A high school freshman was lamenting to his sophomore sister: “I’m worried about studying. Am I going to have to study this year?”

It reminded me of a retention study we did, trying to learn why students were failing the introductory engineering class. We assumed that the students with lower entrance credentials were the ones struggling, but it turned out to be those with the highest high school grades. The smartest students had not learned how to study in high school and now faced challenging material that required them to apply the skills they had never honed.

It’s not uncommon for those who are easily successful in one environment to struggle when they are promoted to another level. It happens from middle school to high school and from high school to college — but it also happens in the workplace. We promote good followers into supervisory roles and assume they have the decision-making skills to do the job, but they may not have developed them as associates. We put great team members in charge of projects without ensuring they have the leadership skills to be successful. We make a wonderful sous chef responsible for the meal even though they may not have been involved in any menu planning.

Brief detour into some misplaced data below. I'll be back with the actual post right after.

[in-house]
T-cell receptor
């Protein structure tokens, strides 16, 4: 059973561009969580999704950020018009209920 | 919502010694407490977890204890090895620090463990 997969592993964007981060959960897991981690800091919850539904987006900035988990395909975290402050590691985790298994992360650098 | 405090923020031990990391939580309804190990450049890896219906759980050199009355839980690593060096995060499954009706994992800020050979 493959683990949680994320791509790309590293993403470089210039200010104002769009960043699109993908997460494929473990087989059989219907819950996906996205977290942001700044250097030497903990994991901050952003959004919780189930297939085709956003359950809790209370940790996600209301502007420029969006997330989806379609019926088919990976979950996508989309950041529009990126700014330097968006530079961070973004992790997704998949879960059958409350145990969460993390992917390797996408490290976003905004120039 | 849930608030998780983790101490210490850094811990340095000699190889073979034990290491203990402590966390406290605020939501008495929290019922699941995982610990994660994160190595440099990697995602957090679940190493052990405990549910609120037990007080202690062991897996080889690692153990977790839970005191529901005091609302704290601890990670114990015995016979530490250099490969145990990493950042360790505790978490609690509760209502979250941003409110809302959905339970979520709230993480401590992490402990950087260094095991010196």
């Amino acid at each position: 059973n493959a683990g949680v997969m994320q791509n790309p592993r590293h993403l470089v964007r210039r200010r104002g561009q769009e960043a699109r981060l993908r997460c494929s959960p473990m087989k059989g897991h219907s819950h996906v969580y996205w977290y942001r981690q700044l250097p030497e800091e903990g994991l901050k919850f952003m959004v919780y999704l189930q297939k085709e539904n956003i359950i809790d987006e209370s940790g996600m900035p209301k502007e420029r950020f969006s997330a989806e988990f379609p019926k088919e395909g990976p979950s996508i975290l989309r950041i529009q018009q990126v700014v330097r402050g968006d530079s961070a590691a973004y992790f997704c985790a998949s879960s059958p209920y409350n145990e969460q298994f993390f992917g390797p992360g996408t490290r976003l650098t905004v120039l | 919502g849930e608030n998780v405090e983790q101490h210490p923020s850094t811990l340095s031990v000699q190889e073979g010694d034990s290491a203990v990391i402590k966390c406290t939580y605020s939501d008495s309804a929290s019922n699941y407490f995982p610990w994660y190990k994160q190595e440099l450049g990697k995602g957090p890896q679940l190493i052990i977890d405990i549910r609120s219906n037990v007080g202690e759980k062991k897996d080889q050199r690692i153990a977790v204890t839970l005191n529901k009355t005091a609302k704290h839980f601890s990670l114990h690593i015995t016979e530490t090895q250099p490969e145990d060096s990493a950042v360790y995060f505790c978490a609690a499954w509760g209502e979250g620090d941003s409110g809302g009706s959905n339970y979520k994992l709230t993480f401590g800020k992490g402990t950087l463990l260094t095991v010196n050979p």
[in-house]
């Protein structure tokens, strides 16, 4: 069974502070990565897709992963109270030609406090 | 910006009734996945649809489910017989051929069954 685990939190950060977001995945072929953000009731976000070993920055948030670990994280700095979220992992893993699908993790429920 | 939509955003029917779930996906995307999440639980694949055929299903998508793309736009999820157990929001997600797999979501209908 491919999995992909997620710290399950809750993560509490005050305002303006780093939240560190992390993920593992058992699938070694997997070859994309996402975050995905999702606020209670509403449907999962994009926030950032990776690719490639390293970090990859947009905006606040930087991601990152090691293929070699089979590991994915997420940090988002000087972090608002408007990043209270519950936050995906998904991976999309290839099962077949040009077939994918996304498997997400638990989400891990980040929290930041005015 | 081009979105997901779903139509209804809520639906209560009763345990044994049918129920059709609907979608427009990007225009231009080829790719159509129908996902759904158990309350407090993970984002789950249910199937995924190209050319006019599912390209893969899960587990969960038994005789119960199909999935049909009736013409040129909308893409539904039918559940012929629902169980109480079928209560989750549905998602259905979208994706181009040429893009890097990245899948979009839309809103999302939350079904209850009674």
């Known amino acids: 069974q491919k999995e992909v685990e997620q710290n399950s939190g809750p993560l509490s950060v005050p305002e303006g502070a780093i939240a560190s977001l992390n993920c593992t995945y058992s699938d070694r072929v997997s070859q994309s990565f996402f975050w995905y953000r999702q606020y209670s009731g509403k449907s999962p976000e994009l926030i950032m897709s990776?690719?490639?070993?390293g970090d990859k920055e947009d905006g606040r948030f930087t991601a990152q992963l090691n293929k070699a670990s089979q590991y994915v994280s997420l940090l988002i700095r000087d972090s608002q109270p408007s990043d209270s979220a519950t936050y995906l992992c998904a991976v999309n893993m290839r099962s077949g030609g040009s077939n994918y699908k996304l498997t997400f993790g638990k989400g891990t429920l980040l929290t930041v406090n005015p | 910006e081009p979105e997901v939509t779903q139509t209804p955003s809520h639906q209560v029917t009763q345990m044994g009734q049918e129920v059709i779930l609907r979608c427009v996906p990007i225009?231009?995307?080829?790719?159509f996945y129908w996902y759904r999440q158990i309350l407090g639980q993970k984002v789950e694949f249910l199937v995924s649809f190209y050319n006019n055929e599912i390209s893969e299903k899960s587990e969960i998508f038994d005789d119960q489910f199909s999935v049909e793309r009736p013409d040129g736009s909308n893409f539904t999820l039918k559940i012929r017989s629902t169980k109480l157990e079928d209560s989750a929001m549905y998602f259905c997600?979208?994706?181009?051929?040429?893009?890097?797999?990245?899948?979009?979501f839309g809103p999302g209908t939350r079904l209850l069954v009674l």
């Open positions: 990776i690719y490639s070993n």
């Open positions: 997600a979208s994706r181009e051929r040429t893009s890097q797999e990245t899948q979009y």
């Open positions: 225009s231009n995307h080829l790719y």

Moving to the “next level” — whatever that may be — isn’t just more of the same. Every promotion requires a new way of thinking and the application of a new set of skills. Pay extra attention to those whose path has been easy as small barriers may be their first, requiring explicit coaching in how to overcome them.

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